In many modern countries people who are a lesbian, gay, bisexual, or transgender (LGBT), are being persecuted for their sexual orientation. But the United States is a place where gay refugees and transgenders are allowed to seek asylum.
Getting asylum in the United States for gay refugees
If you belong to the LGBT community, and you are demonized for that in your home country, you may consider arriving to the U.S. to receive asylum. The United States government started accepting the asylum seekers based on their gender in not so distant past. But still receiving asylum in the U.S. based on a gender identity is not very simple.
U.S. Citizenship and Immigration Services (USCIS) determines five grounds for people to seek asylum, and gay people are considered a social group. If you belong to such a group and being persecuted, you qualify for asylum. But as with other grounds for requesting asylum, you will have to give solid proofs for your application.
First, you must corroborate your claims that gay people (or LGBT community in general) are persecuted in your country. Corroborating your claims is the most important part of your application for asylum.
Another important part of your asylum process is the interview with the asylum officer. The asylum officer will ask you many personal questions such as how you became gay. Your story must be convincing, because the asylum officer may not decide in your favor if they find your claims unreasonable and untrustworthy. And note that it is more difficult for lesbians than for gay men to get granted asylum in the United States.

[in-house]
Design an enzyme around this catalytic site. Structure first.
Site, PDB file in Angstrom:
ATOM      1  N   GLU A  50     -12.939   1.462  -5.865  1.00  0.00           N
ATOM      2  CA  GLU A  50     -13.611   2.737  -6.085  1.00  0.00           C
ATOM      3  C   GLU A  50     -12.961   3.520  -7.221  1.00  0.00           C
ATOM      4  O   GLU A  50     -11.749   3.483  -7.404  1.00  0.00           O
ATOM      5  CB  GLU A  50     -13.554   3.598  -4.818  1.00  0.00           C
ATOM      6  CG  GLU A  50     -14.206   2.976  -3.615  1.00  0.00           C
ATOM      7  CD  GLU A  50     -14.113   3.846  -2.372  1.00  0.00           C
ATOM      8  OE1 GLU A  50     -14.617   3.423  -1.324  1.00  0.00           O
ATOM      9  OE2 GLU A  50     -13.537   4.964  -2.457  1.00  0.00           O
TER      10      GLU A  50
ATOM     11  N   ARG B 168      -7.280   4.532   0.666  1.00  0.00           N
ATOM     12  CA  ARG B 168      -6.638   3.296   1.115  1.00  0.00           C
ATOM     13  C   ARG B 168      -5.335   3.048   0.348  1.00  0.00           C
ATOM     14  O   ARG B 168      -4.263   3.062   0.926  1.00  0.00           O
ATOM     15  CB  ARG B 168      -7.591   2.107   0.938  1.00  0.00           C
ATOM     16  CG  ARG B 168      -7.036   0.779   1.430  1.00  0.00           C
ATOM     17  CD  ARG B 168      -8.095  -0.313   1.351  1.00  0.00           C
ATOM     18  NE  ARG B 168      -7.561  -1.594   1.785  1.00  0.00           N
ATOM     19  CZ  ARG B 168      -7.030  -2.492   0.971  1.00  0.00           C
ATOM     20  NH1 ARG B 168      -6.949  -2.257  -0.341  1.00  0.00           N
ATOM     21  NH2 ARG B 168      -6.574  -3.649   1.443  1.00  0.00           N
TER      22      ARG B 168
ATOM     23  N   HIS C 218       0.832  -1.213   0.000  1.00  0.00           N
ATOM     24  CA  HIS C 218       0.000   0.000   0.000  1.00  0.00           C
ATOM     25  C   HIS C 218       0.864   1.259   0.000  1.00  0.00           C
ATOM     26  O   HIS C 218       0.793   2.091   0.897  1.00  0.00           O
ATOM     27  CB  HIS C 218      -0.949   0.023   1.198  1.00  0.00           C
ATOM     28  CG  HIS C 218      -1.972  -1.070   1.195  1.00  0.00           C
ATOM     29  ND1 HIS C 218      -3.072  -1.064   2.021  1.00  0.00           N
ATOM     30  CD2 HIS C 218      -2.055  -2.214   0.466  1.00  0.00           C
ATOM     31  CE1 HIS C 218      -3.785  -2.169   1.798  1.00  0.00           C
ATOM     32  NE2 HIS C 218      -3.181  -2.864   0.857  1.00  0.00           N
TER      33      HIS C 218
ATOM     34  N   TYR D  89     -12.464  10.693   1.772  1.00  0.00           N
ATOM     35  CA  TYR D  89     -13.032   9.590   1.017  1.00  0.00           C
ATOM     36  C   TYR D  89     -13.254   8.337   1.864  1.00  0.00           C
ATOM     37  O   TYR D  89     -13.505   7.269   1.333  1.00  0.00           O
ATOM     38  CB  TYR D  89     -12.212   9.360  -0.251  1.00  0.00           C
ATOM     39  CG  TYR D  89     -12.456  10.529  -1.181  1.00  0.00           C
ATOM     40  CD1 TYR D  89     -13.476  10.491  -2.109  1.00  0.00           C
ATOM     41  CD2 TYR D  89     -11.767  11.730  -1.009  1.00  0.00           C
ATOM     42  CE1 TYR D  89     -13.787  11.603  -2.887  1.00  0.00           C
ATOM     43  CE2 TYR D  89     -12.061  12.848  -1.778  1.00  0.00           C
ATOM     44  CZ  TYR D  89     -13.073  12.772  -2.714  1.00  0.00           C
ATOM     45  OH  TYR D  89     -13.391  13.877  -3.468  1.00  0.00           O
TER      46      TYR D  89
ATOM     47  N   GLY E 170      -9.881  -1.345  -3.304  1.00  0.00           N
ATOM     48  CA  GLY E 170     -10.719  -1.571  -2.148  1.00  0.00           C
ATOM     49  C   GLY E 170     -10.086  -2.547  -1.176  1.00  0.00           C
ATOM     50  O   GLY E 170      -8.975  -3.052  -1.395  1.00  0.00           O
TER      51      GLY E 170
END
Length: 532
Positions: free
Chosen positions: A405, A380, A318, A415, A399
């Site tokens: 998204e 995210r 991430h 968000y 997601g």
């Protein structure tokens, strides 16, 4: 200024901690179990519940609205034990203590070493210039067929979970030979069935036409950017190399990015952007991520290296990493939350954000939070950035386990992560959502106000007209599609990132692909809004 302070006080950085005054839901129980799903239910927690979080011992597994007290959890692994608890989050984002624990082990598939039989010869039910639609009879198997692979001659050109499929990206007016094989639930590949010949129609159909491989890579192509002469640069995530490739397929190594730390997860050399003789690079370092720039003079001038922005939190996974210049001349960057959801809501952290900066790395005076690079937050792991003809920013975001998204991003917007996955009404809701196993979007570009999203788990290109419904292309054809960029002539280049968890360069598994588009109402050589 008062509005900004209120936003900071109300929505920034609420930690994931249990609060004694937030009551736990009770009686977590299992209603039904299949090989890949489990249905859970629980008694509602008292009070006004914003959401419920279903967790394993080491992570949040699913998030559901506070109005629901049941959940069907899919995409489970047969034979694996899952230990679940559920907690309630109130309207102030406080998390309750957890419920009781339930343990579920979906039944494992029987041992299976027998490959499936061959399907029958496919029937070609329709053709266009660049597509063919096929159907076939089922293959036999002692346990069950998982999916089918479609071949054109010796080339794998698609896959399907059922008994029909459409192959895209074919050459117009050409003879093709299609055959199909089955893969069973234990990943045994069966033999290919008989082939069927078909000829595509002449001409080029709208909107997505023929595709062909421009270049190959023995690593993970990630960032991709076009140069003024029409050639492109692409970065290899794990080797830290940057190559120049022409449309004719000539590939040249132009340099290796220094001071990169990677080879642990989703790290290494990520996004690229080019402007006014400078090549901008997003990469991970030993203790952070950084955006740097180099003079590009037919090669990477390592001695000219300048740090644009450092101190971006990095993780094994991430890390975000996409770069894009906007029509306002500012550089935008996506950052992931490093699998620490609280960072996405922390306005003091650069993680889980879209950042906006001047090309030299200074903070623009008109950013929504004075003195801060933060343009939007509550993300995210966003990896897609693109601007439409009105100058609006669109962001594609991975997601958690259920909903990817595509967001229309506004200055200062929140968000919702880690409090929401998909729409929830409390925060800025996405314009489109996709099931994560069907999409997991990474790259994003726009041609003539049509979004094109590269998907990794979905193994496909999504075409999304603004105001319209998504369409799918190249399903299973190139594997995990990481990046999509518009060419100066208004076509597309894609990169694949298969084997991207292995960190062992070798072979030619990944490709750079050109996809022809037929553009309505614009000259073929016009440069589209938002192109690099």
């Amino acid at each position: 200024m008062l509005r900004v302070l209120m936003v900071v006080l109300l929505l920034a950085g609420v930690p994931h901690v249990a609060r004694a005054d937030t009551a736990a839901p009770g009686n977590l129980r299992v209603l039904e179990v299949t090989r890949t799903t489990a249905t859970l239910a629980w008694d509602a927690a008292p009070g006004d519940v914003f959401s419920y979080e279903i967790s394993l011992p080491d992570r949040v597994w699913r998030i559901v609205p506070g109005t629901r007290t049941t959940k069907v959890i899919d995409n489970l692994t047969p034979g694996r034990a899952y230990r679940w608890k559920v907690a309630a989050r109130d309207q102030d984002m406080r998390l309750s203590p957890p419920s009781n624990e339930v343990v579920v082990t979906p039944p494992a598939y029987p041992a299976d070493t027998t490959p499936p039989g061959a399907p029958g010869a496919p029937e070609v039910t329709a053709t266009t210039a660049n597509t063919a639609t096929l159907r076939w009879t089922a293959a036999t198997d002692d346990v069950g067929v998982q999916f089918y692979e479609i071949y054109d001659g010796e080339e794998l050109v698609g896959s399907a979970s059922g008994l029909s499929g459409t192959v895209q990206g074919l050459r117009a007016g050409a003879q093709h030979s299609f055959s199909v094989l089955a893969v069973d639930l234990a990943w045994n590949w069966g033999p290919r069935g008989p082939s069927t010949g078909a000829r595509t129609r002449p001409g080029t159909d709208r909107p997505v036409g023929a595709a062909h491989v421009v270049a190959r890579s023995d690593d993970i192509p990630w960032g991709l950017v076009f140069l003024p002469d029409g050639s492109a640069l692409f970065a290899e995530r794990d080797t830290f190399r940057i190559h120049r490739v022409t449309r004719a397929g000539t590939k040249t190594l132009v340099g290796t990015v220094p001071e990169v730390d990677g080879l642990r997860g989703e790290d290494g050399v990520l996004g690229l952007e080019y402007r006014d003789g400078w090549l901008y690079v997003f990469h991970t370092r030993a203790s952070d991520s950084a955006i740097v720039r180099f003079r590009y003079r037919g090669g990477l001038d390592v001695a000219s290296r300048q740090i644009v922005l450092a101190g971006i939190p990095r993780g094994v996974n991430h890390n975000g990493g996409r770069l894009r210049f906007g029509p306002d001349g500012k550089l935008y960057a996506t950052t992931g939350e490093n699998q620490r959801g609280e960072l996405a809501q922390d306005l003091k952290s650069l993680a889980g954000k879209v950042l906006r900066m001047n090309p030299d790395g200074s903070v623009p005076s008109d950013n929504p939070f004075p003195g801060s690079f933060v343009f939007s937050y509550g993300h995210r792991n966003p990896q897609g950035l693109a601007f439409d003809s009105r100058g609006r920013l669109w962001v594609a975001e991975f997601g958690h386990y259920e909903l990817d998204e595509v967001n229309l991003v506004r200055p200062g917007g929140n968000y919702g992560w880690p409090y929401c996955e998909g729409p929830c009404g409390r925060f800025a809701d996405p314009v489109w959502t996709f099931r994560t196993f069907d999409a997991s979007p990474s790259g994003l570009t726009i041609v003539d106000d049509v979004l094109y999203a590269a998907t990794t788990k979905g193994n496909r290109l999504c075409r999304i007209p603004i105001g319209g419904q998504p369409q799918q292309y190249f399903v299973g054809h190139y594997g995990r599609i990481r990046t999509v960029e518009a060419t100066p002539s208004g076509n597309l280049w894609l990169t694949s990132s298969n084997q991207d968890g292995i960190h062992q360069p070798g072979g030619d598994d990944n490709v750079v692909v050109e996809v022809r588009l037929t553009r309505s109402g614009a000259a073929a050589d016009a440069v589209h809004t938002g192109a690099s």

Our recommendation is to hire a professional lawyer, who would help determine which facts in your story are plausible, and which are not. Also, we recommend you to read our article to know all about the asylum interviews.
The LGBT community in the United States is accepted, and gay refugees from all over the world can arrive to the U.S. if they are victimized in their home country. If you are one of such people, a professional lawyer will help you to receive asylum in the United States.